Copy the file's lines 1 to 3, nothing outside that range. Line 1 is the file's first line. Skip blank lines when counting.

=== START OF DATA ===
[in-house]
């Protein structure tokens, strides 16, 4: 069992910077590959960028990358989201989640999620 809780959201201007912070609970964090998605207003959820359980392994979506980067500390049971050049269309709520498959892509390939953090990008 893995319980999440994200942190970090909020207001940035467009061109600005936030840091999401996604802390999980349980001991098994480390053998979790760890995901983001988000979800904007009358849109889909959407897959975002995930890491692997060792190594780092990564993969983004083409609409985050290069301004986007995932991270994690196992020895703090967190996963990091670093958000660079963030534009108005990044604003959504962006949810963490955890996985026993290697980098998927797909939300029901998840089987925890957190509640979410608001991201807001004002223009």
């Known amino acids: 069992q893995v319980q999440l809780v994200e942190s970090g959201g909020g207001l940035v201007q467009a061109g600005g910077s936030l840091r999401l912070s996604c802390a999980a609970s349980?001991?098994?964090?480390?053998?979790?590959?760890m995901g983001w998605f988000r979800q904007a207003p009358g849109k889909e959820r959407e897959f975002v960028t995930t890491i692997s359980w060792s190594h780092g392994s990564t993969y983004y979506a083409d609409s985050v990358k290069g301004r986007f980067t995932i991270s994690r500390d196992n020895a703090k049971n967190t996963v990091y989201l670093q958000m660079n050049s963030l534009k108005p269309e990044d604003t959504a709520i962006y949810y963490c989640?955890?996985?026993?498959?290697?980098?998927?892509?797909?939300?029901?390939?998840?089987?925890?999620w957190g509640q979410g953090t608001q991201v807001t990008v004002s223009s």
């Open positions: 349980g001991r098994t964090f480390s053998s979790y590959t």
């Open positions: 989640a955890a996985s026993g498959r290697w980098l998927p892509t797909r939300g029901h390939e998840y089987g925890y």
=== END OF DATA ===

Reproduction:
[in-house]
């Protein structure tokens, strides 16, 4: 069992910077590959960028990358989201989640999620 809780959201201007912070609970964090998605207003959820359980392994979506980067500390049971050049269309709520498959892509390939953090990008 893995319980999440994200942190970090909020207001940035467009061109600005936030840091999401996604802390999980349980001991098994480390053998979790760890995901983001988000979800904007009358849109889909959407897959975002995930890491692997060792190594780092990564993969983004083409609409985050290069301004986007995932991270994690196992020895703090967190996963990091670093958000660079963030534009108005990044604003959504962006949810963490955890996985026993290697980098998927797909939300029901998840089987925890957190509640979410608001991201807001004002223009």
């Known amino acids: 069992q893995v319980q999440l809780v994200e942190s970090g959201g909020g207001l940035v201007q467009a061109g600005g910077s936030l840091r999401l912070s996604c802390a999980a609970s349980?001991?098994?964090?480390?053998?979790?590959?760890m995901g983001w998605f988000r979800q904007a207003p009358g849109k889909e959820r959407e897959f975002v960028t995930t890491i692997s359980w060792s190594h780092g392994s990564t993969y983004y979506a083409d609409s985050v990358k290069g301004r986007f980067t995932i991270s994690r500390d196992n020895a703090k049971n967190t996963v990091y989201l670093q958000m660079n050049s963030l534009k108005p269309e990044d604003t959504a709520i962006y949810y963490c989640?955890?996985?026993?498959?290697?980098?998927?892509?797909?939300?029901?390939?998840?089987?925890?999620w957190g509640q979410g953090t608001q991201v807001t990008v004002s223009s």